Viability of Trichomonas vaginalis in Copan Universal Transport Medium and ESwab™ Transport Medium

The prevalence of trichomoniasis, a very common sexually transmitted disease (STD) caused by the parasitic protozoan Trichomonas vaginalis, has been estimated from National Health and Nutrition Examination Survey data to be approximately 3.1% in the United States among women of reproductive age and as high as 13.3% in African Americans (4). Furthermore, trichomoniasis is a risk factor for preterm birth and a marker of high-risk sexual behavior and is often associated with other reportable STDs (2, 5). T. vaginalis is most frequently identified by microscopic examination of vaginal fluid, but this method has a sensitivity of only about 60% compared to that of culture (3). Most physicians’ offices do not maintain media for the culture of T. vaginalis or have the equipment, such as incubators, required for T. vaginalis culture. The goal of this study was to evaluate routine transport media (universal transport medium [UTM®] and ESwab™ transport medium; Copan Diagnostics, Inc., Murrieta, CA) used by many clinics for transport to a formal laboratory setting where delayed culture for T. vaginalis can be performed.

The patients selected for the study met the following criteria: females presenting to the Jefferson County Department of Public Health (Alabama) STD clinic for examination/treatment, post-pubescent and ≥16 years of age, not pregnant, and not having taken metronidazole or tinidazole within 2 weeks of recruitment.

Vaginal swab specimens for T. vaginalis culture were randomized into two equal groups: those stored at room temperature (RT) and those stored at 37°C. All participants, as per the standard of care, were inoculated in the clinic via vaginal swab with an InPouch (Biomed Diagnostics, White City, OR) for T. vaginalis culture; these “bedside inoculated” cultures were kept at 37°C in the clinic and the laboratory and are the gold standard samples for the study. Specimens for transport in UTM® and ESwab™ medium were taken from all participants by using a flocked swab provided with each kit. The UTM® and ESwab™ media inoculated with the RT specimens were stored at RT in the clinic and during transport, and the UTM® and ESwab™ media inoculated with the 37°C specimens were stored at 37°C in the clinic and during transport. In the laboratory, all the UTM® and ESwab™ media were used to inoculate InPouches, which were subsequently incubated at 37°C. Clinic-derived In-Pouches and InPouches inoculated from UTM® and ESwab™ transport medium were evaluated for positive culture for 5 consecutive days. Cultures that failed to grow after 5 consecutive days were recorded as negative for T. vaginalis.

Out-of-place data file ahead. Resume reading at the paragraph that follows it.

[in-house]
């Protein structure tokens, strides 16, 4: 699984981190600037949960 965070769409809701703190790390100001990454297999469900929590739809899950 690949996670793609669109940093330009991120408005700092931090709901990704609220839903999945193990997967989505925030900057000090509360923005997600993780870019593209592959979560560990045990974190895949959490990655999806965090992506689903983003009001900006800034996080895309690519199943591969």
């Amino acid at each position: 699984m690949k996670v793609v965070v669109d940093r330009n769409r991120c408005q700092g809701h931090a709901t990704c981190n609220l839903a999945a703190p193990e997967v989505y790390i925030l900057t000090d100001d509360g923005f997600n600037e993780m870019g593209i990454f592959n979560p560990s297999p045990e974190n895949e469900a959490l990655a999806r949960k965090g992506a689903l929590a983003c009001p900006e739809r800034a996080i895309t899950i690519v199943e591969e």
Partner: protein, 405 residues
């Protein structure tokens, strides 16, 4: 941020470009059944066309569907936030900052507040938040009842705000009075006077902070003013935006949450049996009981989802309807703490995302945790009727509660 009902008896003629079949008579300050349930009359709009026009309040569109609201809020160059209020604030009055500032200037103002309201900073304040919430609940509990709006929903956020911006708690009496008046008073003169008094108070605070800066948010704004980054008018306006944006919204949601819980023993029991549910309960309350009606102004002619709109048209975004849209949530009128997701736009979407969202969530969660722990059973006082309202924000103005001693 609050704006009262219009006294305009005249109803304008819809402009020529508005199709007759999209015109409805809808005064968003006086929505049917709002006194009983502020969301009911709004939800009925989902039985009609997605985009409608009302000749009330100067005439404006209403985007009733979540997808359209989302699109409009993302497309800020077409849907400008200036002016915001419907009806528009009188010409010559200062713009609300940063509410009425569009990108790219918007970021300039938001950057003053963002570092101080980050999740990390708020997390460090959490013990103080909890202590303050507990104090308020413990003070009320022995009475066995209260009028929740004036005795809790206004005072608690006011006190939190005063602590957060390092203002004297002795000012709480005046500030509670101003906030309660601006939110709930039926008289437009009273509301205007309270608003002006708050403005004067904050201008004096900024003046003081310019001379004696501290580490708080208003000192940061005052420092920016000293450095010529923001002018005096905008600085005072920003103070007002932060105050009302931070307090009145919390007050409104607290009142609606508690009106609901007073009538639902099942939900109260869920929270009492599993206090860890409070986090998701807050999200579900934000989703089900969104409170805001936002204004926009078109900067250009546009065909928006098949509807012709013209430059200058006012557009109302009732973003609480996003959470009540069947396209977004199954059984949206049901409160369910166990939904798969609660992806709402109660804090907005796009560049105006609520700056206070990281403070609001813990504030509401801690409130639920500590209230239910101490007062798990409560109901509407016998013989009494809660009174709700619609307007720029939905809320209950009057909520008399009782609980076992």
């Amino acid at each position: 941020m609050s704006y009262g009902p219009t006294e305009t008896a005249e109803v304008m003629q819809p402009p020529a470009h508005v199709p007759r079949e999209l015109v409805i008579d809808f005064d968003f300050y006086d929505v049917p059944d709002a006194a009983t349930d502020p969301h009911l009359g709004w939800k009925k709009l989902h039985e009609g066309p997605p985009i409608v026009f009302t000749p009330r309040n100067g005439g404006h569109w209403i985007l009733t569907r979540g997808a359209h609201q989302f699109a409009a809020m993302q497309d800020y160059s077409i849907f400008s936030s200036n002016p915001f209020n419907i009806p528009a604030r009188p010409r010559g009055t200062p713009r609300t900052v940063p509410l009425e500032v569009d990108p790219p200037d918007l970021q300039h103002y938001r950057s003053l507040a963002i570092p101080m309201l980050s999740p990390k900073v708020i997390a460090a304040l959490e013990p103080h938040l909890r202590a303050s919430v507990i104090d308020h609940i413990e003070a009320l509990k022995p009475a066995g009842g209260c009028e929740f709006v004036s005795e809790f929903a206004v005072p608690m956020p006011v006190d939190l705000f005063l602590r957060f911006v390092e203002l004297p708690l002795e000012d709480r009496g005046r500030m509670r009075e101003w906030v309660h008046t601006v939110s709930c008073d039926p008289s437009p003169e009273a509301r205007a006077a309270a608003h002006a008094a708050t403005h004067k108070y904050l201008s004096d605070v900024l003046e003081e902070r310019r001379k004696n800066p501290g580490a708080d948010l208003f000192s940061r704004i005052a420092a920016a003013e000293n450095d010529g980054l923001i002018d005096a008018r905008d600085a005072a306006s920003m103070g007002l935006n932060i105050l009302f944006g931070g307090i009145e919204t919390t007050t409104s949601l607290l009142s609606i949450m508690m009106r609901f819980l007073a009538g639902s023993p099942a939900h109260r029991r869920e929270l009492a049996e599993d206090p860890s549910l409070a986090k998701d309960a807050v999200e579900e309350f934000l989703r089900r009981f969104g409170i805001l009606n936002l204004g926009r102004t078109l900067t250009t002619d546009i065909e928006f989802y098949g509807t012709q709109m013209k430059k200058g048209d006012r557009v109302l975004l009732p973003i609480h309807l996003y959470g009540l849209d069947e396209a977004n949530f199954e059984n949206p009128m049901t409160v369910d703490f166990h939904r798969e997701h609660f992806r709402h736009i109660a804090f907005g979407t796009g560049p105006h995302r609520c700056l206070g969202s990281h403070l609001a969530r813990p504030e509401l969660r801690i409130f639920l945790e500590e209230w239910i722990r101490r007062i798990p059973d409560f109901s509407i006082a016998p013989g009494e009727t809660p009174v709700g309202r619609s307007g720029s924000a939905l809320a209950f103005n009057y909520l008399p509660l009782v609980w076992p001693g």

Data were not assumed to be parametric. Alpha values were set at 5%. Sensitivity and specificity results were generated by using the tools provided by the OpenEpi website (Open Source Epidemiologic Statistics for Public Health, version 2.2; A. G. Dean, K. M. Sullivan, and M. M. Soe [http://www.openepi.com /]). All P values are two-tailed. Unless otherwise noted, mid-P values and Fisher’s exact P values are reported. Taylor or conditional maximum likelihood estimates of the odds (OR) are presented with appropriate 95% confidence intervals (CI). The effect of temperature was evaluated by using contingency table analysis. The distributions of age among the participants and the amounts of time the UTM® and ESwab™ media were stored at the specified temperatures before being inoculated by InPouch were evaluated by the Wilcoxon/Kruskal-Wallis rank test (JMP software, version 7.0.1; SAS Institute, Cary, NC).

The total number of individuals screened and accepted into the study was 103. Specimens from one hundred of the women were used for analysis. Specimens from the remaining three women were dropped from the study due to storage errors or inadequate paperwork. Seven percent of the women identified themselves as Caucasian and 89% as African American, and 4% refused to record an answer.

The median amount of time that elapsed between the collection and culture of UTM® and ESwab™ media specimens was 5 h (interquartile range, 21 h) compared to immediate culture with bedside inoculation; four collection times were outliers and were excluded from this subanalysis (hours 70, 71, 72, 72).

We performed several analyses to check the uniformity of the data between the RT and 37°C groups. The distributions of elapsed time between collection and culture was not observed to be significantly different between the RT and 37°C groups (P = 0.734). The median age of the participants was 24 years (interquartile range, 7 years). The age distributions did not significantly differ between the RT and 37°C groups (P = 0.750). Furthermore, the age distributions between culture result (positive/negative) and temperature (RT/37°C) were not significantly different for UTM® (P = 0.530) and ESwab™ medium (P = 0.448).